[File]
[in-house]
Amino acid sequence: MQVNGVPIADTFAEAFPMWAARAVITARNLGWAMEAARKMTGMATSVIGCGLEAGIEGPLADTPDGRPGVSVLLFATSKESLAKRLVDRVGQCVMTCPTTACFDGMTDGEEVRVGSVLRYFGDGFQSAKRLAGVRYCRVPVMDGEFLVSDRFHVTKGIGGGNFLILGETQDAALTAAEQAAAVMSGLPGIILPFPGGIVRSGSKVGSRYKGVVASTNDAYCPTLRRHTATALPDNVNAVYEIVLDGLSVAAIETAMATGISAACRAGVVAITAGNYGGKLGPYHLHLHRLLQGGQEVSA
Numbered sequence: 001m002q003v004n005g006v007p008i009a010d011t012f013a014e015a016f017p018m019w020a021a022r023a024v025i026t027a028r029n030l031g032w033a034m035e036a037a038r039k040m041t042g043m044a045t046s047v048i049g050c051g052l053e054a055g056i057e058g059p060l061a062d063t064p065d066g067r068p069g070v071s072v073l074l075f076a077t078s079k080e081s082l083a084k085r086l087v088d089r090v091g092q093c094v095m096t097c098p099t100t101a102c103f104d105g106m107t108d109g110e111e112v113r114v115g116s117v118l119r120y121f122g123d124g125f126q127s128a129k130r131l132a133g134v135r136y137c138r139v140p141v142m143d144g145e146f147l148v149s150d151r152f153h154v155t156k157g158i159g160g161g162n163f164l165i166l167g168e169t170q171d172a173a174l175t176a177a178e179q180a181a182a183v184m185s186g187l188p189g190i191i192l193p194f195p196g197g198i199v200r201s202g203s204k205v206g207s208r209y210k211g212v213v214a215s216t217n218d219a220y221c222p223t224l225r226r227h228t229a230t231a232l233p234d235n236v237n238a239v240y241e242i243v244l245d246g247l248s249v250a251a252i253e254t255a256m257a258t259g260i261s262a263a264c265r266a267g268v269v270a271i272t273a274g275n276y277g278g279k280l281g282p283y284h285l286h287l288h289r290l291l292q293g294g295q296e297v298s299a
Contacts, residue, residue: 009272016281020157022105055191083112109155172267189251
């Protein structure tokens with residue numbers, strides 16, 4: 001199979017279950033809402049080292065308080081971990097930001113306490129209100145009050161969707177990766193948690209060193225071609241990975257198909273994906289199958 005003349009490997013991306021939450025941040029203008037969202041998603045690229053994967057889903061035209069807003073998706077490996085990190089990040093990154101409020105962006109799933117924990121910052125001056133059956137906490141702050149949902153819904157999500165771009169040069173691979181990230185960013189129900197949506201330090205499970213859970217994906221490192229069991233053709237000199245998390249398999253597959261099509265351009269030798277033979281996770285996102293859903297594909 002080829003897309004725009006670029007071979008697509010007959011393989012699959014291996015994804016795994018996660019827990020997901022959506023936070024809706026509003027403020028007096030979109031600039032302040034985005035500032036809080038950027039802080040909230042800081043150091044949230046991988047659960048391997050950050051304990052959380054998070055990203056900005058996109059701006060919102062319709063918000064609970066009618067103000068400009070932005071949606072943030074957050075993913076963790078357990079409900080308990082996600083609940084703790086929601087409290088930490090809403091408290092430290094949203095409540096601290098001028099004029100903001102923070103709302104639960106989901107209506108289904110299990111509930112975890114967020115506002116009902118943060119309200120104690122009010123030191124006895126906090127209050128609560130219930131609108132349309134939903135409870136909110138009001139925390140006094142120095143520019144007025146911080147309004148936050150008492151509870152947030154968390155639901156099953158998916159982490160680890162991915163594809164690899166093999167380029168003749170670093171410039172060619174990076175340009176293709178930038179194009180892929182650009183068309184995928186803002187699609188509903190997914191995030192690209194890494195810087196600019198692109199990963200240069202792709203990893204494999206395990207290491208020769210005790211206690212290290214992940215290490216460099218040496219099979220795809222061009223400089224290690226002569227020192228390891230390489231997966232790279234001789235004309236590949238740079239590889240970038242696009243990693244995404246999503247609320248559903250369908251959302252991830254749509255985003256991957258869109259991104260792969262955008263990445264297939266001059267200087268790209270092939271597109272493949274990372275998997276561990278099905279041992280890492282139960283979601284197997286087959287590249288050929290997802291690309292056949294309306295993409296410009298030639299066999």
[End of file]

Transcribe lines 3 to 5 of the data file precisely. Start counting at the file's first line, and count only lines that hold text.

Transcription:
Numbered sequence: 001m002q003v004n005g006v007p008i009a010d011t012f013a014e015a016f017p018m019w020a021a022r023a024v025i026t027a028r029n030l031g032w033a034m035e036a037a038r039k040m041t042g043m044a045t046s047v048i049g050c051g052l053e054a055g056i057e058g059p060l061a062d063t064p065d066g067r068p069g070v071s072v073l074l075f076a077t078s079k080e081s082l083a084k085r086l087v088d089r090v091g092q093c094v095m096t097c098p099t100t101a102c103f104d105g106m107t108d109g110e111e112v113r114v115g116s117v118l119r120y121f122g123d124g125f126q127s128a129k130r131l132a133g134v135r136y137c138r139v140p141v142m143d144g145e146f147l148v149s150d151r152f153h154v155t156k157g158i159g160g161g162n163f164l165i166l167g168e169t170q171d172a173a174l175t176a177a178e179q180a181a182a183v184m185s186g187l188p189g190i191i192l193p194f195p196g197g198i199v200r201s202g203s204k205v206g207s208r209y210k211g212v213v214a215s216t217n218d219a220y221c222p223t224l225r226r227h228t229a230t231a232l233p234d235n236v237n238a239v240y241e242i243v244l245d246g247l248s249v250a251a252i253e254t255a256m257a258t259g260i261s262a263a264c265r266a267g268v269v270a271i272t273a274g275n276y277g278g279k280l281g282p283y284h285l286h287l288h289r290l291l292q293g294g295q296e297v298s299a
Contacts, residue, residue: 009272016281020157022105055191083112109155172267189251
């Protein structure tokens with residue numbers, strides 16, 4: 001199979017279950033809402049080292065308080081971990097930001113306490129209100145009050161969707177990766193948690209060193225071609241990975257198909273994906289199958 005003349009490997013991306021939450025941040029203008037969202041998603045690229053994967057889903061035209069807003073998706077490996085990190089990040093990154101409020105962006109799933117924990121910052125001056133059956137906490141702050149949902153819904157999500165771009169040069173691979181990230185960013189129900197949506201330090205499970213859970217994906221490192229069991233053709237000199245998390249398999253597959261099509265351009269030798277033979281996770285996102293859903297594909 002080829003897309004725009006670029007071979008697509010007959011393989012699959014291996015994804016795994018996660019827990020997901022959506023936070024809706026509003027403020028007096030979109031600039032302040034985005035500032036809080038950027039802080040909230042800081043150091044949230046991988047659960048391997050950050051304990052959380054998070055990203056900005058996109059701006060919102062319709063918000064609970066009618067103000068400009070932005071949606072943030074957050075993913076963790078357990079409900080308990082996600083609940084703790086929601087409290088930490090809403091408290092430290094949203095409540096601290098001028099004029100903001102923070103709302104639960106989901107209506108289904110299990111509930112975890114967020115506002116009902118943060119309200120104690122009010123030191124006895126906090127209050128609560130219930131609108132349309134939903135409870136909110138009001139925390140006094142120095143520019144007025146911080147309004148936050150008492151509870152947030154968390155639901156099953158998916159982490160680890162991915163594809164690899166093999167380029168003749170670093171410039172060619174990076175340009176293709178930038179194009180892929182650009183068309184995928186803002187699609188509903190997914191995030192690209194890494195810087196600019198692109199990963200240069202792709203990893204494999206395990207290491208020769210005790211206690212290290214992940215290490216460099218040496219099979220795809222061009223400089224290690226002569227020192228390891230390489231997966232790279234001789235004309236590949238740079239590889240970038242696009243990693244995404246999503247609320248559903250369908251959302252991830254749509255985003256991957258869109259991104260792969262955008263990445264297939266001059267200087268790209270092939271597109272493949274990372275998997276561990278099905279041992280890492282139960283979601284197997286087959287590249288050929290997802291690309292056949294309306295993409296410009298030639299066999």